Why former Wall Streeters find new careers as fashion founders
For financial analysts slogging away for long hours, an escape plan becomes enticing; entrepreneurship looks like a seductive dive into uncertainty after endless scrolls of spreadsheets.
Often, these unfulfilled financiers find their ways to careers in fashion.
“If you spend a lot of time in finance, you eventually want something radically different,” said Diana Melencio, co-founder of the personal shopping service Quinn, who had worked for nine years on Wall Street at a handful of investment banking firms before starting her company. “My days had consisted of 12 to 18 hours of spreadsheets, and I wanted something … not like that. It comes from a desire to innovate, to be a part of the fashion industry, which couldn’t be more different than this sterile environment.”
Wall Street, from heavyweights like Goldman Sachs and JPMorgan down to boutique firms, is a vessel for fashion startups. These former analysts-turned-founders can build financial models for new companies in their sleep and talk the same language as potential VC investors. And, after years of analytics and data sheets, left-brained people in the field are looking for creative outlets. The frustration and lack of stimulation, combined with a close proximity to the industry, leads to idea light bulbs.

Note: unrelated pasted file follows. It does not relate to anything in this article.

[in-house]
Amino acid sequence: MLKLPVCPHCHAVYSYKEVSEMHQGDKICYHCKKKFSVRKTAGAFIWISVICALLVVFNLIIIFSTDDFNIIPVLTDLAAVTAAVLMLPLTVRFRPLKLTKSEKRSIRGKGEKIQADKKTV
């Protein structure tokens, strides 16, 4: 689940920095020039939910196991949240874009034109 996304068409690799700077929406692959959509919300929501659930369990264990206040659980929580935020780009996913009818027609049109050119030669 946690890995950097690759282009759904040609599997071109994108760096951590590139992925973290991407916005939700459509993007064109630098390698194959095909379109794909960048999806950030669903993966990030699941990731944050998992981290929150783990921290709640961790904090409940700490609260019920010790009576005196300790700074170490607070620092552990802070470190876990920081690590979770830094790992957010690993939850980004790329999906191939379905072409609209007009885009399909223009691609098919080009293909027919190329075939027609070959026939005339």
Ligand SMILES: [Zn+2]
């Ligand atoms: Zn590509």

“We very frequently see analysts coming off of two to three years in finance,” said Pano Anthos, managing director of startup accelerator XRC Labs. “These are very sharp people, with analytical and accounting skills. They’re weaker in terms of fashion experience, but they have a huge interest. They’ll come up with something — usually a product or service, not hardcore tech — that fulfills a need they recognized.”
Young brands like Quinn, performance wear brand Aday, leather goods startup Minku, and Ammara, a direct-to-consumer clothing brand selling just blouses for women, are just a few fashion brands led by ex–Wall Streeters. Each company’s founders said they felt years in finance left them with a particular skill set prime for entrepreneurship: a dogged ability to work long hours, an analytical mind, an eye for performance projections and metrics, and a sharp attention to small details.
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